I was traveling to Darjeeling by train when I heard the voice of God. I was sure it was God’s voice. I was certain that he was calling me. The message was clear. I must leave the convent to help the poor by living among them. This was a command, something to be done, something definite. I knew where I had to be. But I did not know how to get there.
At the time of Mother Teresa’s death, there were over six hundred missions of charity in 123 countries. These included her homes for the dying (hospices), homes for those suffering with AIDS/HIV, home for those with leprosy and tuberculosis, soup kitchens, orphanages, and schools.
One day, Christopher Hitchens decided to make a documentary about Mother Teresa. It was to be broadcast on the BBC.
He entitled it, Hell’s Angel.
Love to pray. Take the trouble to pray. Prayer opens your heart until it is big enough to hold and keep God. We must know Jesus in prayer before we can see him in the broken bodies of the poor. Ask and seek and your heart will grow big enough to receive him and keep him as your own. Then we can bring more of Jesus, more of the love of Jesus, to the people we meet.
Mother Teresa was a follower of Ignatius. She was a Jesuit. Here are the four vows her nuns took:
- Availability: they must be ready to undertake any mission, any apostolic work, any task the church may entrust to them through their superiors.
- Mobility: they should go wherever they are needed, travel to various places, be ready to leave at a moment’s notice, go to another country, district, or town, according to the necessities of the moment.
- Adaptability: in the Pauline sense, “to make oneself all to all men so as to win as many as possible to Christ”; this means to live with the people, among them, as one of them, to feel as they feel, learn new languages, adapt oneself to different cultures, out of love, thus the incarnation is continued. Christ remains active in today’s world, inspires it, and influences it through his human instruments.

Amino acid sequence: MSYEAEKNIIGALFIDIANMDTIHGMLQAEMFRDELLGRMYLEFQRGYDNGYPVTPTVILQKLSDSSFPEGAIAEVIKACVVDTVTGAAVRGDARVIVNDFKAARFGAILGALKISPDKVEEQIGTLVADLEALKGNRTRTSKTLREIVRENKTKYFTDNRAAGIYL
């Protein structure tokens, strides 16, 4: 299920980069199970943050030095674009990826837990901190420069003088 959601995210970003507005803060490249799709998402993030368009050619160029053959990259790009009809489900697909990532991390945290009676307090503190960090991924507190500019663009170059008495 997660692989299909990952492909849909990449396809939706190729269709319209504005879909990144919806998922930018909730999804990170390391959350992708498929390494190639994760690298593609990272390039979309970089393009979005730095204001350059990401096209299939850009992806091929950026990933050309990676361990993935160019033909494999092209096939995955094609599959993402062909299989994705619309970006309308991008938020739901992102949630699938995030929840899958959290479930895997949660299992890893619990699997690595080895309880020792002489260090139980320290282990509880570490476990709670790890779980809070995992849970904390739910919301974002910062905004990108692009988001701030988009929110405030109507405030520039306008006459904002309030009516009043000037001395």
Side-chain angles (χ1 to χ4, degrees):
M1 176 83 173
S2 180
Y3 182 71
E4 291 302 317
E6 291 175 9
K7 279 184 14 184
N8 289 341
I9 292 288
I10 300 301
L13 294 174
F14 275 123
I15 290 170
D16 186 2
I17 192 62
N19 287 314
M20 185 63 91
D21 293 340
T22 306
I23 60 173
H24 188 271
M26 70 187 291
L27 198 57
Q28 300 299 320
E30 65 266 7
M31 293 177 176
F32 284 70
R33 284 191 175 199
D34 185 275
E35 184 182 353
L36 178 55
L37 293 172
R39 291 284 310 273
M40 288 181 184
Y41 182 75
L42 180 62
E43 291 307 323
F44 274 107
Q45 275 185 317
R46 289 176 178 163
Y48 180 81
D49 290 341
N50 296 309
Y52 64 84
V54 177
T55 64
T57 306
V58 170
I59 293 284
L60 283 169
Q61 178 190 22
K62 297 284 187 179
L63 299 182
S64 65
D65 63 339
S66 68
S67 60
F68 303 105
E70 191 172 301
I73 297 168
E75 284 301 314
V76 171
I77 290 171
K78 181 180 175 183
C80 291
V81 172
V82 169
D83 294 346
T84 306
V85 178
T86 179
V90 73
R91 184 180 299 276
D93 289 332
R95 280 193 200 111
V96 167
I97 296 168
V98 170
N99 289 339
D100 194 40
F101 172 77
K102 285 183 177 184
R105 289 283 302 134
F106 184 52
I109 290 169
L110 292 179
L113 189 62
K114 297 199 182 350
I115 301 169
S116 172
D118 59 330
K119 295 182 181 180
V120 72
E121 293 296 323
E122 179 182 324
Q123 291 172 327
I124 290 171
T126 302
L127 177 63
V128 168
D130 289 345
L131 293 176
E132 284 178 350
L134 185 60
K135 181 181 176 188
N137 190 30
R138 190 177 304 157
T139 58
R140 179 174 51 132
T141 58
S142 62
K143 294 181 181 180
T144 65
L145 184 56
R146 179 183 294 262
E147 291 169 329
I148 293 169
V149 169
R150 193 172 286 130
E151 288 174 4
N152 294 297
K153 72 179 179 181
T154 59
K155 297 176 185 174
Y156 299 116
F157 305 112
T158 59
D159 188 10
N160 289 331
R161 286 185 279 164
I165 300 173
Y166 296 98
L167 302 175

- A universal outlook: The whole world is the concern of the religious and their field of apostolate; the spiritual good and personal development of every human being forms part of their field of vision and their apostolic concern.
Christopher Hitchens charged Mother Teresa with simpering to world leaders, and claimed that she was more interested in her connection with them than in saving lives. He was especially harsh in his criticism that she accepted acknowledgment and support from men whose hands were not entirely clean and innocent, including Ronald Reagan.
Mother Teresa described her mission as caring for the hungry, the naked, the homeless, the crippled, the blind, the lepers, all those people who feel unwanted, unloved, uncared for throughout society, people that have become a burden to the society and are shunned by everyone.
Mother Teresa cared for people she found in gutters and alleyways, on trash heaps scavenging for food, and on her doorstep.
It is faith that makes our work, which demands both special preparation and a special calling, easy or at least more bearable. Without faith, our work could become an obstacle for our religious life since we come across blasphemy, wickedness, and atheism at every turn.
The miracle is not that we do this work, but that we are happy to do it.
Christopher Hitchens labeled Mother Teresa as a demagogue, an obscurantist, and a servant of earthly powers. He also called her a fanatic, a fundamentalist, and a fraud. He especially did not like her stance on abortion. Neither did he think highly of her when she counseled people who had been victimized in some way to forgive.
Love has a hem to her garment that reaches the very dust. It sweeps the stairs From the streets and lanes, And because it can, it must.
When asked what she considered the most important training of her sisters, she replied:
Silence. Interior and exterior silence. Silence is essential in a religious house. The silence of humility, of charity, the silence of the eyes, of the ears, of the tongue. There is no life prayer without silence.